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This New Project Celebrates Student and Self-Taught Designers
Open Studio was born out of a desire to expand the conversation of design as galleries and schools close their doors indefinitely
By Zoë Sessums
October 14, 2020
It's a challenging time to be a student right now as the important elements of in-person interactions are canceled or limited. Add in an art school element where openings and physical events are critical, and the struggle only increases. So late last month when Open Studio Volume 1 debuted, we felt some hope in the air.
Hosted by design curators Pink Essay and design incubator Lichen, the concept is an in-person and online exhibit of student and self-taught furniture and object designers. “We are at a milestone moment in the history of design,” say David Eardley and Anna Theroux Ling, the cocreators of Pink Essay, in the website mission statement. “While we look to the past for knowledge and understanding, we know that the most important work will happen in the upcoming years, as the design community grows beyond tradition and exclusivity to value accessibility, representation, and conversation. We’re excited by the volume of fascinating work coming from the fresh eyes of new designers, and hopeful for the world they can help bring about.”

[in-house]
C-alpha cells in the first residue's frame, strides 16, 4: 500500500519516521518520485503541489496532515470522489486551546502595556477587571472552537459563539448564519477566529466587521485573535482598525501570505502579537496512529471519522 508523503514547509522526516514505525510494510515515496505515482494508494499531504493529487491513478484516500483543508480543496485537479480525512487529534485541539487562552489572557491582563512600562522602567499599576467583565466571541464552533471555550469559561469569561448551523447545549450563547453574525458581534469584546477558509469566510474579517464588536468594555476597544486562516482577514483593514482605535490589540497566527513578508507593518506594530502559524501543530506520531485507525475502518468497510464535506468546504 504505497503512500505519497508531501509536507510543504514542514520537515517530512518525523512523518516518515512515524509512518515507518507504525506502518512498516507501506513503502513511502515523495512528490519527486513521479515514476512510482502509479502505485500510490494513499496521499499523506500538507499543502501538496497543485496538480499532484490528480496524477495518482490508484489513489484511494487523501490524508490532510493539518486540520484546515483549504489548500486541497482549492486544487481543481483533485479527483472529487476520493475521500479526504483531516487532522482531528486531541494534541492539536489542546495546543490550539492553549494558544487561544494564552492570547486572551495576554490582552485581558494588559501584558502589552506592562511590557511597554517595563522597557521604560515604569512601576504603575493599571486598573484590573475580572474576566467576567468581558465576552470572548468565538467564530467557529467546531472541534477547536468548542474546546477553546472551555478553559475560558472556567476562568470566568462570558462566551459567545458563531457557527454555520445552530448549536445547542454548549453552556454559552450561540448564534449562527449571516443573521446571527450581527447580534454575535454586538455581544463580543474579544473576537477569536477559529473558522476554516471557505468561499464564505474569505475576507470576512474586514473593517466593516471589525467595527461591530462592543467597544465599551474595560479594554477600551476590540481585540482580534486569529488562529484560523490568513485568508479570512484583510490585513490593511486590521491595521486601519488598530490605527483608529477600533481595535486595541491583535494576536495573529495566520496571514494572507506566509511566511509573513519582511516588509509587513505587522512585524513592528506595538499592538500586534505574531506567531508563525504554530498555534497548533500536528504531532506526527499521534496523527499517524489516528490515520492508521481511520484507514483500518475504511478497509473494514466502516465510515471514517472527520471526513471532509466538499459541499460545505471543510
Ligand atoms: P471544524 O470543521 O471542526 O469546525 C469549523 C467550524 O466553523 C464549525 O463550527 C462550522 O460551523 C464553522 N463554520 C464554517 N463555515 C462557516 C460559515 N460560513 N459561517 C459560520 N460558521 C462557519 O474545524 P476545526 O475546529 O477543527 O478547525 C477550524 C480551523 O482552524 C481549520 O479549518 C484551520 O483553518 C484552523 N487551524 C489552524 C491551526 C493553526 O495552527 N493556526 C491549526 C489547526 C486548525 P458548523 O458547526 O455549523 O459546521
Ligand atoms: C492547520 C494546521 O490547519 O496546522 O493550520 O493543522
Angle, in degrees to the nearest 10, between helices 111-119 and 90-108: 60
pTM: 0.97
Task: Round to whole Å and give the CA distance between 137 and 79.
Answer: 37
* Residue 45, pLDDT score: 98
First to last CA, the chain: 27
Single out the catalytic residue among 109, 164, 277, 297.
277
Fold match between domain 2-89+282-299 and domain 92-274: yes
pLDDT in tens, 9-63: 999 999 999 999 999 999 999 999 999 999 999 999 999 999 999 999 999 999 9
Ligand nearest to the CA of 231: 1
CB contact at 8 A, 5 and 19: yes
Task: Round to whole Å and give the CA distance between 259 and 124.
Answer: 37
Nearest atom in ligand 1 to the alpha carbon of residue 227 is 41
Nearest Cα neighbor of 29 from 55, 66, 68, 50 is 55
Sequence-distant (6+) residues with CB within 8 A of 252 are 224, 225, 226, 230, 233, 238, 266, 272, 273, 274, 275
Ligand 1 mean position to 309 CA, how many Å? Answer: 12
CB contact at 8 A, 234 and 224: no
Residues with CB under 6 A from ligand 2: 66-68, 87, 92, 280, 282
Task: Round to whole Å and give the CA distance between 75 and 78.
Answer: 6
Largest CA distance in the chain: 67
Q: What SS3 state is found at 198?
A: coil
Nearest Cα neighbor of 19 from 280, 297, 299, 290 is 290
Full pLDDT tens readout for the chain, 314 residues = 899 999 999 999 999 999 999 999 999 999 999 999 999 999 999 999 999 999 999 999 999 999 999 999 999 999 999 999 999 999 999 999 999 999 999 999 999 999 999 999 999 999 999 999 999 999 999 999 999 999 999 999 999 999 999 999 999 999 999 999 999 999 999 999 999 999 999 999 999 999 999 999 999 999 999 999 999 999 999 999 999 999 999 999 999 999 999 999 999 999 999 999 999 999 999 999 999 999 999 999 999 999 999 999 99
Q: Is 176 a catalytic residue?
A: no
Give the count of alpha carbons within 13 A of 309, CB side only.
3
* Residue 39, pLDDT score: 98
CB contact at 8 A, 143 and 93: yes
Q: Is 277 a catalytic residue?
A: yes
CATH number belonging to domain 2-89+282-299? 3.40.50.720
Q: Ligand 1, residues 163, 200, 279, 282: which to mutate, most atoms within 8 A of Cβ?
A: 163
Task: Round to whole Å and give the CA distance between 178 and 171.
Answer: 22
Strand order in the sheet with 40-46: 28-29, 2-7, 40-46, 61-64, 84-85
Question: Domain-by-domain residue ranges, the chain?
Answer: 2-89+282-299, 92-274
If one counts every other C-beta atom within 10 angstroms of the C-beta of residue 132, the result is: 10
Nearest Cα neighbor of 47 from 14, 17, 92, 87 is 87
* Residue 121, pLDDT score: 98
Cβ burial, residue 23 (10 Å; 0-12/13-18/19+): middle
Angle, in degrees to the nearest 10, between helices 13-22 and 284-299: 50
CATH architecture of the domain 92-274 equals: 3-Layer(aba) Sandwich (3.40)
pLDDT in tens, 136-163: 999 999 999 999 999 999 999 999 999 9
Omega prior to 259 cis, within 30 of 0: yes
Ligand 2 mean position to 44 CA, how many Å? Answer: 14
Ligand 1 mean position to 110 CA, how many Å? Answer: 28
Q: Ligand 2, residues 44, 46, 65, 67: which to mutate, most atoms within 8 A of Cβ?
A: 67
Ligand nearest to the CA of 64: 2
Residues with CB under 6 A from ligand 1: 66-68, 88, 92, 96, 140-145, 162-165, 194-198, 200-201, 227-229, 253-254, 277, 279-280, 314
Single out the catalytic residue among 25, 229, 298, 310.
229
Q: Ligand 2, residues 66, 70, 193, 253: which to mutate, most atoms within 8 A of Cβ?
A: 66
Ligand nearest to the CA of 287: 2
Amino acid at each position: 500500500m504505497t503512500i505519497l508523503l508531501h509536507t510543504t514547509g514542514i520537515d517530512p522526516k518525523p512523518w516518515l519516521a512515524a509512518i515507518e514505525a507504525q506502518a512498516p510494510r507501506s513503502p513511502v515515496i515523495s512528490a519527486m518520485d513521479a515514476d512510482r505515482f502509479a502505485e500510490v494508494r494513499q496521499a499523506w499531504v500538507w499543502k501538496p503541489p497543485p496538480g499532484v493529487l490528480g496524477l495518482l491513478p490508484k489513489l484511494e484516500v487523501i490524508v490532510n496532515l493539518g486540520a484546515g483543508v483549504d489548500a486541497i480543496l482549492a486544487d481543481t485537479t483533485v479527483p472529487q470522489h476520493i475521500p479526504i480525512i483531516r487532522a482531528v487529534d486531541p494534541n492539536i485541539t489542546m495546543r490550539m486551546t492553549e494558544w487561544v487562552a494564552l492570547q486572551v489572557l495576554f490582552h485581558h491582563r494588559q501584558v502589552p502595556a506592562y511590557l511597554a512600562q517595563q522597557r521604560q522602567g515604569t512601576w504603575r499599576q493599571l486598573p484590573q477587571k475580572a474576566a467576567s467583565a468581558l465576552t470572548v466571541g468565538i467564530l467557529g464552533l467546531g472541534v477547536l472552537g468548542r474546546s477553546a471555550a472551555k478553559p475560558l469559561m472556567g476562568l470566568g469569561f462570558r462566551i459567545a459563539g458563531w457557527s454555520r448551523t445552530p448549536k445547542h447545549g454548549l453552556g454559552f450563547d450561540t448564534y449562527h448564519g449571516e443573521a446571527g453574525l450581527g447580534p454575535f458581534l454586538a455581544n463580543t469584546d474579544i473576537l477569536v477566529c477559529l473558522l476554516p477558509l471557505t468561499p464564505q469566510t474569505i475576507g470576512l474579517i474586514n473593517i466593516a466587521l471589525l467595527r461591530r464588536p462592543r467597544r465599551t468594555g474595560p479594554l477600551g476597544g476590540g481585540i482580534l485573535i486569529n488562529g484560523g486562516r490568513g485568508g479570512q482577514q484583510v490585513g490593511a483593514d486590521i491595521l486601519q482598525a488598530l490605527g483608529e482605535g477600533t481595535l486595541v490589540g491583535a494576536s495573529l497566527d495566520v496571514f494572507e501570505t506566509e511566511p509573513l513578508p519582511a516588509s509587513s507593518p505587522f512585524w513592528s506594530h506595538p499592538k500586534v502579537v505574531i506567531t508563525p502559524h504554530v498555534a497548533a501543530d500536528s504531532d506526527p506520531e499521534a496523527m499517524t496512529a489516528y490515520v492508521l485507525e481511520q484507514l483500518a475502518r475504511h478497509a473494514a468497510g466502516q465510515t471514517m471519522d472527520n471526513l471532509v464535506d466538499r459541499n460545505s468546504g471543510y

We spoke with Anna (left) and David (right) about how Open Studio came to be. Here they are among the works at Open Studio's debut event.
“The idea came from a conversation Anna Ling and I had with Jared Blake and Ed Be (owners of Lichen) in January about creating a space for students and designers in training to share their work in a celebratory way and in a gallery-type space,” says David. “We then realized that we really missed the presence of printed work in Pink Essay, and that we wanted to create an accompanying publication that would also work as a beautiful print people could hang on their walls, designed by Julianna Santolucito. Pink Essay and Lichen are both focused on rethinking the idea of what the design community can be, and this was our tribute to that mission.”
“The outcome of Open Studio Volume 1 was so eye-opening, and makes me very excited to do more that involves community.” says Anna. “Making it more accessible and engaging for everyone is a big goal. Doing it in a space like Lichen was also an amazing and rewarding way to grow the community and make a bridge between an independent business and designers.”
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If you want to stay inspired by the design world right now, we'd recommend following these up-and-coming designers and waiting patiently for Open Studio Volume 2. For now, here's Issue 1.
“We are really lucky to have an incredible audience of talented designers in our online community, and our open call resulted in over 100 designers submitting more than 250 pieces, which we narrowed down to 20,” says David. “Since we didn’t charge a fee to submit, it helped to make sure anyone who was interested could be considered.” Here is a poster of the pieces from Volume 1.